Paragon Casino Resort Unveils New Symbolic Bald Eagle Statue

Paragon Eagle Statue with staff

MARKSVILLE, LA – Paragon Casino Resort has unveiled a new bald eagle sculpture to greet visitors when they enter the casino resort’s main entrance. The eagle statue is 13 ft. tall and mounted on top of a 10-ft.-tall structure, which is comprised of 23,000 pounds of boulders. The elaborate sculpture also features live fire and waterfalls. The entire piece is constructed with high-density foam and covered in a durable fiberglass material, ensuring the statue will be resilient.

Staying true to its mission to boost Central Louisiana residents and businesses, Paragon commissioned GibKo Nursery in Bunkie, LA, for the sculpture’s design and execution.

“We are always seeking to improve and upgrade Paragon Casino Resort to be the absolute best we can be for our guests,” said Paragon Casino Resort General Manager Marshall Ray Sampson, Sr. “Having this sculpture completed not only enhances the property for visitors, but allows us to spotlight a local business’s expansive talent.”

Paragon eagle statue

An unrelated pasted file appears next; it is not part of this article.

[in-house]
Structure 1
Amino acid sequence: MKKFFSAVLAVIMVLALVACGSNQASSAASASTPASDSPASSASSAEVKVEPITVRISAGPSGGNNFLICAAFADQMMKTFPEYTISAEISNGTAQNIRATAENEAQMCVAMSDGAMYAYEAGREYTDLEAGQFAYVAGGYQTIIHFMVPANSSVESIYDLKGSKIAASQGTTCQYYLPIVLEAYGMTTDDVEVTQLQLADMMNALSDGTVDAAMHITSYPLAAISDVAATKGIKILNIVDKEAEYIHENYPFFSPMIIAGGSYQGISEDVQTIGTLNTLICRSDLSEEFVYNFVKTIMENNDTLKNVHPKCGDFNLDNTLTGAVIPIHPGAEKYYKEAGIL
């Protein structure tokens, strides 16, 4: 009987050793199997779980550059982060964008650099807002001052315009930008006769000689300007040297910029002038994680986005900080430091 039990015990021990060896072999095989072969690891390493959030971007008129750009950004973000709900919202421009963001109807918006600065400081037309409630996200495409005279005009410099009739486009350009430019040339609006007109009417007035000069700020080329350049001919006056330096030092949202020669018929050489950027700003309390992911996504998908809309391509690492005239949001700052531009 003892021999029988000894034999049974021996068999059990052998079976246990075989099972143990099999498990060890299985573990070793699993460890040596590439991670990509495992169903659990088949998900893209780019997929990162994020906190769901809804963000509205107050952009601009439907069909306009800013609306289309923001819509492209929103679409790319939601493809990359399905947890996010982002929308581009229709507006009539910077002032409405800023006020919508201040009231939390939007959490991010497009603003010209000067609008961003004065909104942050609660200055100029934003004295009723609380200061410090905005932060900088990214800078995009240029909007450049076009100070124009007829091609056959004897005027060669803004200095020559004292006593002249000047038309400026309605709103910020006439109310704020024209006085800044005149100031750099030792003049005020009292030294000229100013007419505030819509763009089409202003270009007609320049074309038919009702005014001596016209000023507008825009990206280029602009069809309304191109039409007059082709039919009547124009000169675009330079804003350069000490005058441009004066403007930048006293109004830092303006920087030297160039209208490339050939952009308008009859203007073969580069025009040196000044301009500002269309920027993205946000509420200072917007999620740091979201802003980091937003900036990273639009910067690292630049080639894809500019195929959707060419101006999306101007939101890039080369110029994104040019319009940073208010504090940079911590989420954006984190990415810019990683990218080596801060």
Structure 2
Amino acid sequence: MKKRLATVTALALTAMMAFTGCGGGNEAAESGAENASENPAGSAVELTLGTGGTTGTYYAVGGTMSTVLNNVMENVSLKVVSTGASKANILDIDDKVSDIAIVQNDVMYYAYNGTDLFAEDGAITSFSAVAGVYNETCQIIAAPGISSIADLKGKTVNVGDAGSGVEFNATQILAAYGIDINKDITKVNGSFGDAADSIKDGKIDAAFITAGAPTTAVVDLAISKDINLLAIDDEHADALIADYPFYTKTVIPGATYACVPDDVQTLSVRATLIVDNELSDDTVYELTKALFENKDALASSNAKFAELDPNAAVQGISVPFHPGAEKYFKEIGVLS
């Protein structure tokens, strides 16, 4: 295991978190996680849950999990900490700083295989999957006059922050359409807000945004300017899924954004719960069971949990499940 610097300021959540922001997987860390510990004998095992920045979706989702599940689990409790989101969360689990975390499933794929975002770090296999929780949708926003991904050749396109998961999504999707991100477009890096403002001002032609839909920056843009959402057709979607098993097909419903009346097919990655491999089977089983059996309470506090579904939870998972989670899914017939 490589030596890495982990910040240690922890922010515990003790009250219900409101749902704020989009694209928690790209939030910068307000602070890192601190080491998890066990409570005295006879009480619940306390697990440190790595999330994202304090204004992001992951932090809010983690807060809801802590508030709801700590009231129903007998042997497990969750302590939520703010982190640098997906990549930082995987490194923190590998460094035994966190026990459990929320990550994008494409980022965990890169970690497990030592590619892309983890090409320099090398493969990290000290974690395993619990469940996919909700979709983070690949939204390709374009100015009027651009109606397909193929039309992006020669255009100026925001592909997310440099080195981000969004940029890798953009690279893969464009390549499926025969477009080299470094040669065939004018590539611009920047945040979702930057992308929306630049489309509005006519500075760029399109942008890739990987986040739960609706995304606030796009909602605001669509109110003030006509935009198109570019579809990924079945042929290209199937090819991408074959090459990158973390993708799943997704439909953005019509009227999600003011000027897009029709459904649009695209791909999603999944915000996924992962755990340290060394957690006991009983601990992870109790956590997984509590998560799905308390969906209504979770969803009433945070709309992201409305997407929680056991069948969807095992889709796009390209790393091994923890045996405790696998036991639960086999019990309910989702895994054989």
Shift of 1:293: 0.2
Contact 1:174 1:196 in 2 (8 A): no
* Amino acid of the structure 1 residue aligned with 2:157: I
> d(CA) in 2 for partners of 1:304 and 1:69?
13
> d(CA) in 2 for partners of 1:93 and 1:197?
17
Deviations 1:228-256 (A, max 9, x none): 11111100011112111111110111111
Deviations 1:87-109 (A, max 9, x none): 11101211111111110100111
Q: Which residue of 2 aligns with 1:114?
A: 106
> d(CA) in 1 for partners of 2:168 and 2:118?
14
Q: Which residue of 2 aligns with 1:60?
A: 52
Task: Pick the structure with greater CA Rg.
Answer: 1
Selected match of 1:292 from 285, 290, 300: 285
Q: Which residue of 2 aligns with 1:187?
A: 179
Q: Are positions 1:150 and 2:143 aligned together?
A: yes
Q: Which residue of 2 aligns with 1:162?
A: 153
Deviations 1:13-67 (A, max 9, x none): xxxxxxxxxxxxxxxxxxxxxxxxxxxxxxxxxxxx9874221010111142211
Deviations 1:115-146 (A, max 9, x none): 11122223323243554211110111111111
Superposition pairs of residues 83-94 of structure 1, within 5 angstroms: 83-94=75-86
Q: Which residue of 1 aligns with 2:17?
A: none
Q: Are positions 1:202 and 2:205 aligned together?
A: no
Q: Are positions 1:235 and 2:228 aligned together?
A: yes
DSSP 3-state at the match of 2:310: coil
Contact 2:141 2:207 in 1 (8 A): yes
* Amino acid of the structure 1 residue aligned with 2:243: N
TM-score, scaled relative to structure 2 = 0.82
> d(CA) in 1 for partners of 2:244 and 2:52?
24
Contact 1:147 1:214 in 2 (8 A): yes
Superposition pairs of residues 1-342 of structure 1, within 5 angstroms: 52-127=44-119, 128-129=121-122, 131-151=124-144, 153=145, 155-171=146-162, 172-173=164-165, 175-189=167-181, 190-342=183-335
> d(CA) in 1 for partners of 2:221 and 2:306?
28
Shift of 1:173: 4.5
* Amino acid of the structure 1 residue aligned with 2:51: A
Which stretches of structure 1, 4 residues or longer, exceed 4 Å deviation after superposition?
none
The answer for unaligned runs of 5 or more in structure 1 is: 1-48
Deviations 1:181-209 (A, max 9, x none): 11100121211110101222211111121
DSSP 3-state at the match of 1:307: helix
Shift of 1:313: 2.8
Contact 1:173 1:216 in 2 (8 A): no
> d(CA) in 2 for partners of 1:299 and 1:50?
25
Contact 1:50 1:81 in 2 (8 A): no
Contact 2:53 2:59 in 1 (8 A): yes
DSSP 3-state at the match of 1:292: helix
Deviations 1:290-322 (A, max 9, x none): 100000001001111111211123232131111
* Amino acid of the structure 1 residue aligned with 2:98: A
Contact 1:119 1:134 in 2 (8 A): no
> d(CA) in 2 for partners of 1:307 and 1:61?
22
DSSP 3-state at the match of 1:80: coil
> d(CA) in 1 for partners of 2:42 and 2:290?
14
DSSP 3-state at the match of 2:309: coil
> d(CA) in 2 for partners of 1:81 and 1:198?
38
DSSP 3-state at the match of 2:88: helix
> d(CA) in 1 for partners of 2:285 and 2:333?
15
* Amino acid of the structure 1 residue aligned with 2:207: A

The new sculpture is part of a property-wide renovation, which will be completed in early 2024, and includes upgrades to 190 guest rooms, 24 suites and several common areas around the property.

As Paragon Casino Resort approaches its 30th anniversary this summer, casino resort management has called on its roots to bring the past into the present. The bald eagle is significant to the Tunica Biloxi Tribe of Louisiana, which owns and operates Paragon Casino Resort. The eagle is the primary feature in the tribe’s logo and represents the story of Eagle and The Sun.

According to Tunica-Biloxi, the eagle is a messenger of the tribe’s prayers to the sun, their Creator. The waterfall display of the sculpture represents the mighty Mississippi River, which historically connected the Tunica, Biloxi, Ofo, Avoyel and Choctaw people to tribes as far north as Minnesota and even into Canada. The Mississippi River was a major trade route for tribes and played a tangible role in the expansion of the United States. The live fire feature of the sculpture also has symbolic meaning for the Tunica-Biloxi Tribe. In Tunica-Biloxi stories, fire possessed the power to shapeshift into men, women and animals.

“This grand sculpture represents three powerful symbols for our tribe: fire, water and the great bald eagle,” said Tunica-Biloxi Chairman Marshall Pierite. “This display is now a testament of Tunica-Biloxi’s and Paragon’s efforts to keep relevant the history of our tribe and pass down the culture for generations of tribal members to come.”